Experience gained during the training of radiation emergency medicine at IAEA sponsored courses in
various European, East-Asian or Latin-American countries (within TC projects RER/9/049, RER/9/062,
RAW/9/006, ROM/0/005, UKR/9/015, CPR/9/025, RLA/9/031 MEX/9/044) and at a training workshop
jointly conducted by WHO and the IAEA in 1999 in Africa, has made it clear that there was a need to
develop standardized training materials for worldwide use in the diagnosis of radiation accident and
treatment of victims.

To provide material that can be used to update the knowledge of the participants in medical
preparedness and response to a nuclear or radiological emergency.
By the end of the course the participants will be able to train:
• emergency medical personnel to recognize and respond to radiation overexposure including
    establishing and maintaining contact with appropriate response authorities;
• emergency medical teams to provide prehospital care for overexposed, injured or contaminated
• hospital staff to provide treatment for overexposed, injured or contaminated victims.
This training material is prepared for five-day IAEA and WHO sponsored courses for emergency
medical personnel (physicians and head nurses who specialize in emergency medicine and may be
involved in prehospital care for overexposed, injured or contaminated persons); relevant medical
specialists (haematologists; radiopathologists; surgeons in burn departments); medical school professors
teaching relevant subjects; and senior health administrators responsible for training, planning, and
managing of medical response in a radiation emergency.

The training material starts with general information on radiation accidents, and on radiation emergency
medical preparedness and response. A briefing in practical radiation physics and basic dosimetric terms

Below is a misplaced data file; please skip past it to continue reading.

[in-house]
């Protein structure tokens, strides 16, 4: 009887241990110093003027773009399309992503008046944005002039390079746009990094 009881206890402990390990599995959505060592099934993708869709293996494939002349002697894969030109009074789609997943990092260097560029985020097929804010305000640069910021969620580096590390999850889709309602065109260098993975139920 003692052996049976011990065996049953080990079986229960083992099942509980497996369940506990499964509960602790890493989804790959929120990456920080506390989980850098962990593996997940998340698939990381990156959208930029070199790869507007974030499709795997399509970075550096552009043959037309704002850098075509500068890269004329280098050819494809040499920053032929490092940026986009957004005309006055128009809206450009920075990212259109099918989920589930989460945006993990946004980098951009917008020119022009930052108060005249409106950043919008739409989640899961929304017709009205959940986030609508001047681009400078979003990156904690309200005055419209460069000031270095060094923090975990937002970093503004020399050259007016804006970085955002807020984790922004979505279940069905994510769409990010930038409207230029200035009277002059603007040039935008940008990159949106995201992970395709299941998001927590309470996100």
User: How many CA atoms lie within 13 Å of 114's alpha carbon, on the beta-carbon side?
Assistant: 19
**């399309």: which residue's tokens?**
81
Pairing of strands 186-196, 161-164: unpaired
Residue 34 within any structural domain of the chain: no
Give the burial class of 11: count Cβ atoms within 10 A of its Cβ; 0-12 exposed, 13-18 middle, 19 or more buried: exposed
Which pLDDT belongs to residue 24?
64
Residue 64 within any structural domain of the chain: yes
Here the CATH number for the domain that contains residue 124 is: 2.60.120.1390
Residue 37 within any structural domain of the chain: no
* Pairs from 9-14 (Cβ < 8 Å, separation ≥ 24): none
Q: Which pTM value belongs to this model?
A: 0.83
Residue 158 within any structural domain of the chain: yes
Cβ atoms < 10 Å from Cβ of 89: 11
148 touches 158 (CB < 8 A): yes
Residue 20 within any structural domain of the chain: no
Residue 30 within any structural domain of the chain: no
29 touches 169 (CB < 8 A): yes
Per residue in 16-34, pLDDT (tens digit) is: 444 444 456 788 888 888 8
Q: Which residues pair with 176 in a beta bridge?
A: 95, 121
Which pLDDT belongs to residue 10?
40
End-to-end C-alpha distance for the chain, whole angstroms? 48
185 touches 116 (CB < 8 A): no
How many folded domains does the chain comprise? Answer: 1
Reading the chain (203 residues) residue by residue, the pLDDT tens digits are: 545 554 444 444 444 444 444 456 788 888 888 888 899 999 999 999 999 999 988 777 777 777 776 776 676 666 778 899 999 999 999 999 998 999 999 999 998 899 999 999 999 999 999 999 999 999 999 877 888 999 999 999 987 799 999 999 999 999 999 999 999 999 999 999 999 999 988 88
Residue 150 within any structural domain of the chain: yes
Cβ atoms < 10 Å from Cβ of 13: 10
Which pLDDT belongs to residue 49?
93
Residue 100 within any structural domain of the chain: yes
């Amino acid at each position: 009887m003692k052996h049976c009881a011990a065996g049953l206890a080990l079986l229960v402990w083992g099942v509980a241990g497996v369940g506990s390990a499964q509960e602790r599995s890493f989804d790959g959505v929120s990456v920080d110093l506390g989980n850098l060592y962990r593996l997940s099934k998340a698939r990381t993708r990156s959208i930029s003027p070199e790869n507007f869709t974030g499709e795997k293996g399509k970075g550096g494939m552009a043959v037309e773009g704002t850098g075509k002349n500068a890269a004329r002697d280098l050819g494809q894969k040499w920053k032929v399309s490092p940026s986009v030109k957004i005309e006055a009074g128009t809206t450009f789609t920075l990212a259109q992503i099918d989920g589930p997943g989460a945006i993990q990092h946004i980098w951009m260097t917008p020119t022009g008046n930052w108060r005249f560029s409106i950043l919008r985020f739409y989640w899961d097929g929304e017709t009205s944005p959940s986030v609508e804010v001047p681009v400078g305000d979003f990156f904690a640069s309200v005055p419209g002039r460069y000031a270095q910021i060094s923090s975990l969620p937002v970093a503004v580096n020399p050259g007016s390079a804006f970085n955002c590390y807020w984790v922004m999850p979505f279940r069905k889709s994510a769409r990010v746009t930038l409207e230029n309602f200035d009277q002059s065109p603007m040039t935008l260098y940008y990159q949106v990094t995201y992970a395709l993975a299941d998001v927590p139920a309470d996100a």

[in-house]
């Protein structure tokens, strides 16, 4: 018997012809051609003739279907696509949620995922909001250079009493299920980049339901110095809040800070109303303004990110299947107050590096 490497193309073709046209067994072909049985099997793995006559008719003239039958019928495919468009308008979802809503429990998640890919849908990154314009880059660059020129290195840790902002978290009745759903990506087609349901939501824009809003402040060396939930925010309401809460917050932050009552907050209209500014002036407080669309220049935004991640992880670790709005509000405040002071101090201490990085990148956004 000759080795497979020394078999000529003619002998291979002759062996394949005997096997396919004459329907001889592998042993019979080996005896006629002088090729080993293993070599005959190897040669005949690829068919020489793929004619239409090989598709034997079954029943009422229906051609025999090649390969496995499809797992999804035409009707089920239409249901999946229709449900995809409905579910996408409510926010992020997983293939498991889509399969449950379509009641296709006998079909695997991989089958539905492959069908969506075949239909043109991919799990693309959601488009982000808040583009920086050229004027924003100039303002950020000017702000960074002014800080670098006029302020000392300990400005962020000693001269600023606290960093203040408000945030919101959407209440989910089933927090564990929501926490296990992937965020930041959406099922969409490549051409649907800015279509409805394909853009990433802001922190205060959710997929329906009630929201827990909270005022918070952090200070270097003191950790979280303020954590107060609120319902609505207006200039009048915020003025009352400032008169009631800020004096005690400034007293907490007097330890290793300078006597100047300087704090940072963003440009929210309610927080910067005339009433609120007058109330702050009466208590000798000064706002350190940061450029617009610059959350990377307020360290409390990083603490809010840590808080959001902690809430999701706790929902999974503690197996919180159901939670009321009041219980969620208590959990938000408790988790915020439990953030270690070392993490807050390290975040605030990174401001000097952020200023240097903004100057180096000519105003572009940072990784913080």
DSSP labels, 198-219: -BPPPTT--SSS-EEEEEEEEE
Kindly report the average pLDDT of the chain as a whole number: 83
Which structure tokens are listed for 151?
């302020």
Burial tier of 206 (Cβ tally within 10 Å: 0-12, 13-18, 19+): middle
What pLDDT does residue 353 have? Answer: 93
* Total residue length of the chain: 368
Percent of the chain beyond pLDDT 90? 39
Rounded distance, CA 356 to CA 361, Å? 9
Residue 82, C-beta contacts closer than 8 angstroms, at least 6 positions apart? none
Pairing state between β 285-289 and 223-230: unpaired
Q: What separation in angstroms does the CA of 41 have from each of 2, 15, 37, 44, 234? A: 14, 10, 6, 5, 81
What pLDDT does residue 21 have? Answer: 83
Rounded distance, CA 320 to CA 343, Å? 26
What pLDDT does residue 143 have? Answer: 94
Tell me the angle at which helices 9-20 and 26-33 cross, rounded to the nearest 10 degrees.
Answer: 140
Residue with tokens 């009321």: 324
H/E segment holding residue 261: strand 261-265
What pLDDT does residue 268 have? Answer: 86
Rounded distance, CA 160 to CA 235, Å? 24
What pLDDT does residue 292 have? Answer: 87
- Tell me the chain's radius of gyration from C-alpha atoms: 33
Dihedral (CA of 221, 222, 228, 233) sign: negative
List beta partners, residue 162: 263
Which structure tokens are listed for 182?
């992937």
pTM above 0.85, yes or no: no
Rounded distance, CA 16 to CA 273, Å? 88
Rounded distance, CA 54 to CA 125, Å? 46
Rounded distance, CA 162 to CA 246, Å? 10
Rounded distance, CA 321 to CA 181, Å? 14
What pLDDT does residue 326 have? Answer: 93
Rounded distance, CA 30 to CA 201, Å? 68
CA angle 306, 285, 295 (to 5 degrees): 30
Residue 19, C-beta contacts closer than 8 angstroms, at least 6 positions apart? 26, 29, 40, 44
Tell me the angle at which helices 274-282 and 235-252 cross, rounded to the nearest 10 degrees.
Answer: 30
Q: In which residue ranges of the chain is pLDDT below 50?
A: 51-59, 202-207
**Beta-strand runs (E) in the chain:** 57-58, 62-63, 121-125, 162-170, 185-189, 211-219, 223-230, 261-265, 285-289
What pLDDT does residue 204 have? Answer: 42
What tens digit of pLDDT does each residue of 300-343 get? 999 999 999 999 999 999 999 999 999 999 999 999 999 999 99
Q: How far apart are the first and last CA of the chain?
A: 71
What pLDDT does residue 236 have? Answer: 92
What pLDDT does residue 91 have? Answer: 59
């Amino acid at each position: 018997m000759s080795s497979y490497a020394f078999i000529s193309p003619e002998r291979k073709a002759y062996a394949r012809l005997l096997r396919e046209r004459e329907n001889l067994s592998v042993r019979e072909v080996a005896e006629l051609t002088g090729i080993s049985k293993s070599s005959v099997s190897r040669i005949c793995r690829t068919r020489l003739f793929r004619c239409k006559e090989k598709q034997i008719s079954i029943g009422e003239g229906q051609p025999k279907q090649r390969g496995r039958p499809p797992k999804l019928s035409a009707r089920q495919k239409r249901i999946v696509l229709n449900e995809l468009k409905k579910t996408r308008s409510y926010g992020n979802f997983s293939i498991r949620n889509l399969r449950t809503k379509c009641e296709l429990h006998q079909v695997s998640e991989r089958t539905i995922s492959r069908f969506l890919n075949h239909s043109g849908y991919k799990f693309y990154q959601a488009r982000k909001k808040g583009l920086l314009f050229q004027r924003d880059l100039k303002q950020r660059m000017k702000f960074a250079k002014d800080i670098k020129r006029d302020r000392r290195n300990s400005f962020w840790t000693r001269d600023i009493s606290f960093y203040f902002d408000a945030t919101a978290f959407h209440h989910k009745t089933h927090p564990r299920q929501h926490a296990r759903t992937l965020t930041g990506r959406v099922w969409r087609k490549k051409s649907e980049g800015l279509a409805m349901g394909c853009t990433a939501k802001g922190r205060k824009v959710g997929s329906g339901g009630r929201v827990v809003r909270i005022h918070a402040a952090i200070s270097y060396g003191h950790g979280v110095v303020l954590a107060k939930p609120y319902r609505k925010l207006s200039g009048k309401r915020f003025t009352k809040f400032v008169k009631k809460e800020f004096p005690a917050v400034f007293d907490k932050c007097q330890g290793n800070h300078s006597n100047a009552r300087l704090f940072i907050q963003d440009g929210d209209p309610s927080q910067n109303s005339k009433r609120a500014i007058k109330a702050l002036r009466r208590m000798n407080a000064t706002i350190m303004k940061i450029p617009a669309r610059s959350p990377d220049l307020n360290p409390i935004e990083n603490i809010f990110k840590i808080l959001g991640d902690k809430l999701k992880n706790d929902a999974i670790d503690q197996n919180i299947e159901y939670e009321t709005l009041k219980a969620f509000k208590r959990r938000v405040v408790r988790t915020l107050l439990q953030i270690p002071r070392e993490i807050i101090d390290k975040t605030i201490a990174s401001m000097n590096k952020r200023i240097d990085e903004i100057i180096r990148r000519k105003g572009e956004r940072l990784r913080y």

follows. A demonstration of radiation monitoring devices aims at enabling a doctor to detect whether
his/her patient is contaminated with radioactive materials. Day 1 finishes with the presentation of two
short teaching video films on the causes and effects of radiation and the requirements of the
International Basic Safety Standards for Protection against Ionizing Radiation and for the Safety of
Radiation Sources.

Lectures on Day 2 review the biological and health effects of exposure to radiation. A video film covers
the treatment of Chernobyl victims.

Day 3 is devoted to the management of local radiation injuries and radioactive contamination. Pre-
hospital and hospital preparedness and response to radiation accidents are presented in brief lectures and
a video film. A drill is used to reinforce the training.

Day 4 provides a review of ten radiation accidents focusing on their causes, medical management,
biodosimetry and lessons learned. A video film presents the surgical treatment of the Georgian accident
victims (Lilo, 1997) in France. Psychological effects of radiation exposure and injury are discussed.

Day 5 provides an overview of nuclear emergency preparedness and response; iodine prophylaxis;
planning medical response to radiological accidents; international co-operation and providing
information for medical assistance to radiological accidents.

To test whether main message of the teaching material is understood, each lecture has been completed
with a multiple choice test.

Users of this material should note that copies of the teaching video films are not included on the CD.
They can,, however, be officially requested for national training courses.
                 Training for Radiation Emergency Preparedness and Response

                                Medical Preparedness and Response
             (Modules I — XXIV including Lectures No. 1–30 for 5-day training courses)

1st day
I.    (1)    Radiation accidents: scope of the problem, statistics
II.   (2)    Radiation emergency medical preparedness and response
III. (3)     Practical radiation physics for emergency medical personnel
IV. (4)      Dose concepts, quantities and units, basic principles and methods of radiation protection
V. (5)       Radiation detection, monitoring devices and their uses
VI.          Radiation causes and effects (video)
VII.         Basis Safety Standards of the IAEA (video)

2nd day
VIII. (6)    Biological effects of ionizing radiation at molecular, cellular, tissue and organ levels (2hrs)
IX. (7)      Dose-effect curves, deterministic and stochastic effects of radiation
X. (8)       Biodosimetry: available methods and their role in dose assessment and prognosis